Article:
It takes tremendous courage and awareness for us as men to be able to honor a woman’s power and still feel our own. We need to be well grounded in ourselves, in our creativity, in our intrinsic value as a person, and in our ability to set limits. Until then, we may find the woman’s power threatening. We probably will resist and rebel and/or resort to blame and accusing her of being controlling.
In my own relationship with Amana, I have had to explore this castration wound continually – both how she provoked it and how it developed from my relationship with my mother. With time, I could take distance from the emotions that came up and see that Amana is neither my mother nor the enemy of my masculinity. Now, I can even laugh when I see my tendency to react and feel controlled. It also helps me that I feel grounded in my creativity and that I regularly find ways to move my energy.
Our work with people has shown me that this wound is deep for every man and we have to use our awareness to deal with it. In a committed relationship, in those moments when we are finding fault in the woman’s power and accusing her of being controlling it is a time to feel the emptiness, helplessness, and impotence inside.
Intimacy also challenges us as men to become mature because it brings us face to face with our dependency – our wound of abandonment.
Wilfred, a 59-year-old client of mine, explodes when his wife isn’t as interested in sex as he is, or when she gets too busy with friends or other activities and doesn’t give him the attention he wants. He is a successful businessman and is accustomed to getting what he wants. Fortunately, his wife does not allow herself to be manipulated by his demands and anger. As a result of his therapy work, he is beginning to understand that all this anger and disturbance is coming from his abandonment wound, from feeling deprived and empty when he is not getting the sex or attention he wants.
We as men are much more dependent and needy than we are willing to admit. But we may not realize just how dependent we are until we allow deep relating with a woman. Intimacy opens the abandonment wound because the hope and the expectation of having all our dependency needs met is often met with frustration. Without awareness, we can easily react when we get frustrated. On the other hand,
when we know what is being triggered, and take time to go inside and connect with the frustration and fear, it takes us on a profound journey in inner growth, dignity, and deepening.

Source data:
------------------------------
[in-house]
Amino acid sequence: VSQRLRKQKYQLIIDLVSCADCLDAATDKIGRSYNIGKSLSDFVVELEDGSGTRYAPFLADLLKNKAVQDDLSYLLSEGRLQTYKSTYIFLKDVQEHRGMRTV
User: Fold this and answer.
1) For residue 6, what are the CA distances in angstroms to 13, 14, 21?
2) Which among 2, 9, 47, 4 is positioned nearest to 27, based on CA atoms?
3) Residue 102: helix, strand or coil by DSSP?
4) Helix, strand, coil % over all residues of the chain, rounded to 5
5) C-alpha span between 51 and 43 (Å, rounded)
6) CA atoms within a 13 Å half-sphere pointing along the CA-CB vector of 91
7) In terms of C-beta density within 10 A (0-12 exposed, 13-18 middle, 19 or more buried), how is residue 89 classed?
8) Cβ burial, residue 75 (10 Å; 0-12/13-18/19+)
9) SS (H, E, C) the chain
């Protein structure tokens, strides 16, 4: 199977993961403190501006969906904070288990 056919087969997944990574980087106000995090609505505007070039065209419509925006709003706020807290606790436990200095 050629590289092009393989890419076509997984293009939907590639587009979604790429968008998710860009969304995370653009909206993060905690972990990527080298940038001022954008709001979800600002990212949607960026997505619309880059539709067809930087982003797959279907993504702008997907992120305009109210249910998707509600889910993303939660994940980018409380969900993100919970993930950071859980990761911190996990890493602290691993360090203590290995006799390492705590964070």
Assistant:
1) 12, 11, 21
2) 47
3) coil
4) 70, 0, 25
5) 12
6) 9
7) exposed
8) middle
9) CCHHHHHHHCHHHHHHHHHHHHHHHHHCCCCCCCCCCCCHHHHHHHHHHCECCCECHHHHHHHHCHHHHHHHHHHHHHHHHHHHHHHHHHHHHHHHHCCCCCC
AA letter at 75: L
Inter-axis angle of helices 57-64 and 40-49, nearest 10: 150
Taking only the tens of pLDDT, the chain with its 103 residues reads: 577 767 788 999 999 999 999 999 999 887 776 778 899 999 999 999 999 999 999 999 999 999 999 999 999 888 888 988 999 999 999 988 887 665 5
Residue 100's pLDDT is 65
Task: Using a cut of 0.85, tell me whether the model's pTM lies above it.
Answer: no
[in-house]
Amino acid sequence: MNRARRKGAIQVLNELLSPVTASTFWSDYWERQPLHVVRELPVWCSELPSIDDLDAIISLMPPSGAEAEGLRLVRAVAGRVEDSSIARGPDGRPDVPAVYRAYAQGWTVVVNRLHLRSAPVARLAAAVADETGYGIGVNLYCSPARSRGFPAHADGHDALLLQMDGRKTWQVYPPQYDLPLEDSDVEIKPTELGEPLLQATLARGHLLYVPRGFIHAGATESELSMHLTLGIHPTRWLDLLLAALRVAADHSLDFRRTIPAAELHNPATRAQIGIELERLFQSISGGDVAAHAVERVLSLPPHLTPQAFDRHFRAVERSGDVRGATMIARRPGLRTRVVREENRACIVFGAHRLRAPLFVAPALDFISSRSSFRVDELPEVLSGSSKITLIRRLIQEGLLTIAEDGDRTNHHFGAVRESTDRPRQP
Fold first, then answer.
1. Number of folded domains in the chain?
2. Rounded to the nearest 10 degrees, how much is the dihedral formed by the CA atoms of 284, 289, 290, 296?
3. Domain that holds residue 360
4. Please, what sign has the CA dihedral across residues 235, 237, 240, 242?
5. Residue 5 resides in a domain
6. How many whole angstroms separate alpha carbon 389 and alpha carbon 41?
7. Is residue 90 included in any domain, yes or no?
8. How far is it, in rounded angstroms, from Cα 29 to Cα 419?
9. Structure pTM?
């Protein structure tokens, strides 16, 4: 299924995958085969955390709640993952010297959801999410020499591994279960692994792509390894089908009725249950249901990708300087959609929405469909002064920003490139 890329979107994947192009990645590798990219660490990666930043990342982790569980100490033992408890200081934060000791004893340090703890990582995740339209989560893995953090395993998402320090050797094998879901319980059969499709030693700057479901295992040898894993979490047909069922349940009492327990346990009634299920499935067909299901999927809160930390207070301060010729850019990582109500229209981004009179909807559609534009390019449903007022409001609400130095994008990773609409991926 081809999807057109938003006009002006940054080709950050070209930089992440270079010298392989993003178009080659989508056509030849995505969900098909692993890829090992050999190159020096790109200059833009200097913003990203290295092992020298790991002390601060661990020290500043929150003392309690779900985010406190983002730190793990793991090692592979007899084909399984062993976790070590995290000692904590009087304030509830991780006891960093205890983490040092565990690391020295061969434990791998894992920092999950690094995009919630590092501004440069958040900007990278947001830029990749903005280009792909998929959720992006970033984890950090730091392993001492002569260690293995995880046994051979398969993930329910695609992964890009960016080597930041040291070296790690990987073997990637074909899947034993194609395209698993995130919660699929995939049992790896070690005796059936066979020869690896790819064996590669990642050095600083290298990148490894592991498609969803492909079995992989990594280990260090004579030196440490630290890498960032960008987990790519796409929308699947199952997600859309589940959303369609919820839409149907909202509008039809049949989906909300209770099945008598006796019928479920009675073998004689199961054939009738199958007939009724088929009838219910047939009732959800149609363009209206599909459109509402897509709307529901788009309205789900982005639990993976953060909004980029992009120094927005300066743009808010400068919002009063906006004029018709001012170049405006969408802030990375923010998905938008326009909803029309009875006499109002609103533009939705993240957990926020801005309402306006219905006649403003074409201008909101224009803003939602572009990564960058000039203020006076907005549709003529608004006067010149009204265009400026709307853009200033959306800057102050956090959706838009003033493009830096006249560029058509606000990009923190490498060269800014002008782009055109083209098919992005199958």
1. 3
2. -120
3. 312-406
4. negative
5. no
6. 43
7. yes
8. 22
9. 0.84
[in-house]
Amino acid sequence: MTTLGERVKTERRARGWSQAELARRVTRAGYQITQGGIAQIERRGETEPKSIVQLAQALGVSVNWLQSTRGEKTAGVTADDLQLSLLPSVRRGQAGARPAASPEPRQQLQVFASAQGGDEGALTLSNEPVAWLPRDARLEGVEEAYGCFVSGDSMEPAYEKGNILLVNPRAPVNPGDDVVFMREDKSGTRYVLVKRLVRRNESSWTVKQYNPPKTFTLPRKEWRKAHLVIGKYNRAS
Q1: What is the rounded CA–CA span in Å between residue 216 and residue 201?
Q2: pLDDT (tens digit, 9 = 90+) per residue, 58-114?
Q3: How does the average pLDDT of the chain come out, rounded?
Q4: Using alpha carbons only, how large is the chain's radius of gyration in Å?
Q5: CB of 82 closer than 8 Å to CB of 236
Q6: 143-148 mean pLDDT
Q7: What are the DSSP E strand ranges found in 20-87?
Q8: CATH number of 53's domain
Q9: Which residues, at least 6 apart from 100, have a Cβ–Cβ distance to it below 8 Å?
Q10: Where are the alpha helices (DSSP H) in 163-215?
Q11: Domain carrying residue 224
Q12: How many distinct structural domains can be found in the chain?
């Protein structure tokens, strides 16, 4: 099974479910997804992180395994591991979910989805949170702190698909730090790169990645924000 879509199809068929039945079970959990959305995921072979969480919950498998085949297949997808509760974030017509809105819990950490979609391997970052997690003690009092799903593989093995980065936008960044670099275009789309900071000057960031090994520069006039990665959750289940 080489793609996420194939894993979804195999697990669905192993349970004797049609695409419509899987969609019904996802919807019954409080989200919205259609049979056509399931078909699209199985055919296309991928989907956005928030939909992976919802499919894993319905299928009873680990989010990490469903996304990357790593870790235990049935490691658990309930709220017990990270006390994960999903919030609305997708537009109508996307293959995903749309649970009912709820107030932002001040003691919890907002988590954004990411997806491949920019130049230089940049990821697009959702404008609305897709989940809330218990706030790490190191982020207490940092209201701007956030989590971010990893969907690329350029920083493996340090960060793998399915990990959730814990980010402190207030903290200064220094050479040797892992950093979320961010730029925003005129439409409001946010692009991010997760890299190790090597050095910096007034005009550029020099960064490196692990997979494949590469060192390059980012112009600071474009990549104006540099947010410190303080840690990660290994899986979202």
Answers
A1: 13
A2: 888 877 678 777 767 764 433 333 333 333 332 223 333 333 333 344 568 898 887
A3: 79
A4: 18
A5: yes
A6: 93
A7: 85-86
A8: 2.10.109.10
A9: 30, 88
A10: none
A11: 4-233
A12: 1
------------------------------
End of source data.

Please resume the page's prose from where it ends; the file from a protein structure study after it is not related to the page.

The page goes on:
Before my relationship with Amana, I was a hardcore anti-dependent. I was convinced that I could manage quite well on my own and that my greatest passions in life were my work and my tennis game. I really had no idea what love was and I certainly had no idea of how profoundly dependent I was. The women I had been with up until then were looking for a man to take care of them and I conveniently took on the role of the caretaker/anti-dependent. But Amana does not and never did need a man to take care of her. Somehow, I had the good sense to find someone strong and independent that allowed my hidden needs to surface. Once they had surfaced, I could go deeper and explore the wound that lies behind.
It can be very frightening for us as men to discover these dependency needs for several reasons.
First of all, our ego doesn’t like it. We may not like to think of ourselves as being needy. But we are.
Secondly, it can be alarming to recognize how strong our need to have the woman there for us is, and to feel the frustration or neediness when we are not getting what we want. It can be shocking to see how disturbed we can get when our woman isn’t giving us as much sex, attention, closeness, or support as we want.
Finally, as part of our abandonment wound being opened, we have to confront our terror of rejection or loss. It is not until we are deeply in love that we may begin to see how vulnerable we are to this fear. We may feel jealous if she looks or expresses even the slightest interest in another man. We might get worried if she doesn’t come home on time for fear that something might have happened to her. All of these fears came up for me and it was a surprise. I still get nervous when I have to go on a trip without Amana or visa versa. Sounds a bit crazy doesn’t it? But I think that’s what it means to be in love.
When our abandonment wound is triggered, it is an opportunity to go inside and feel the fear and panic inside rather than reacting. If we look closely, we may recognize that so much of our unconscious behavior and so much of our rage and complaining is driven by our not wanting to feel this fear.
I began this article by asking, “what can a man learn from opening to a woman in deep intimacy?”
We can learn to become a mature person.
Our unconscious male behavior and attitudes are mostly driven by not wanting to feel our fears inside – the fears of desperately needing love and our fears of feeling powerless. We cover these fears with collapse, masks, aggression, violence, narcissism, and the illusion of the ego. For an intimate relationship to survive and go deeper, we have to learn to take off these masks. And then we earn what I consider one of the ultimate gifts of life – the experience of long lasting, deepening love.